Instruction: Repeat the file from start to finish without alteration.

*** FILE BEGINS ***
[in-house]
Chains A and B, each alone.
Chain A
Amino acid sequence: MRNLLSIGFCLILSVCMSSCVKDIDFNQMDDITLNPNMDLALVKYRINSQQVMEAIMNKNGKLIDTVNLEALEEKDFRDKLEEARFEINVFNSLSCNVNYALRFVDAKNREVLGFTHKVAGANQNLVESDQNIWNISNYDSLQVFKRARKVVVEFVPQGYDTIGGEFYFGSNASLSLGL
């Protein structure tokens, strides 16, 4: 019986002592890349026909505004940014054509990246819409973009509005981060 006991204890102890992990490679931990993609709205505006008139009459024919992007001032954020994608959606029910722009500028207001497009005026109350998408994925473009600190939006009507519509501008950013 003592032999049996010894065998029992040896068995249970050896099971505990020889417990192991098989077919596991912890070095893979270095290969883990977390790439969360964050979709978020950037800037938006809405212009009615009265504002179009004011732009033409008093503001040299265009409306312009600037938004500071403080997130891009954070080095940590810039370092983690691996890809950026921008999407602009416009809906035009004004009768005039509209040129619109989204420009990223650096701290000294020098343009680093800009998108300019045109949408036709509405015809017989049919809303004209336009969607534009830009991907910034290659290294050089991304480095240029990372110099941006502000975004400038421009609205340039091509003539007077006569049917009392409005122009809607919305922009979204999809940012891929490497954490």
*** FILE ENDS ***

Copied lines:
[in-house]
Chains A and B, each alone.
Chain A
Amino acid sequence: MRNLLSIGFCLILSVCMSSCVKDIDFNQMDDITLNPNMDLALVKYRINSQQVMEAIMNKNGKLIDTVNLEALEEKDFRDKLEEARFEINVFNSLSCNVNYALRFVDAKNREVLGFTHKVAGANQNLVESDQNIWNISNYDSLQVFKRARKVVVEFVPQGYDTIGGEFYFGSNASLSLGL
């Protein structure tokens, strides 16, 4: 019986002592890349026909505004940014054509990246819409973009509005981060 006991204890102890992990490679931990993609709205505006008139009459024919992007001032954020994608959606029910722009500028207001497009005026109350998408994925473009600190939006009507519509501008950013 003592032999049996010894065998029992040896068995249970050896099971505990020889417990192991098989077919596991912890070095893979270095290969883990977390790439969360964050979709978020950037800037938006809405212009009615009265504002179009004011732009033409008093503001040299265009409306312009600037938004500071403080997130891009954070080095940590810039370092983690691996890809950026921008999407602009416009809906035009004004009768005039509209040129619109989204420009990223650096701290000294020098343009680093800009998108300019045109949408036709509405015809017989049919809303004209336009969607534009830009991907910034290659290294050089991304480095240029990372110099941006502000975004400038421009609205340039091509003539007077006569049917009392409005122009809607919305922009979204999809940012891929490497954490």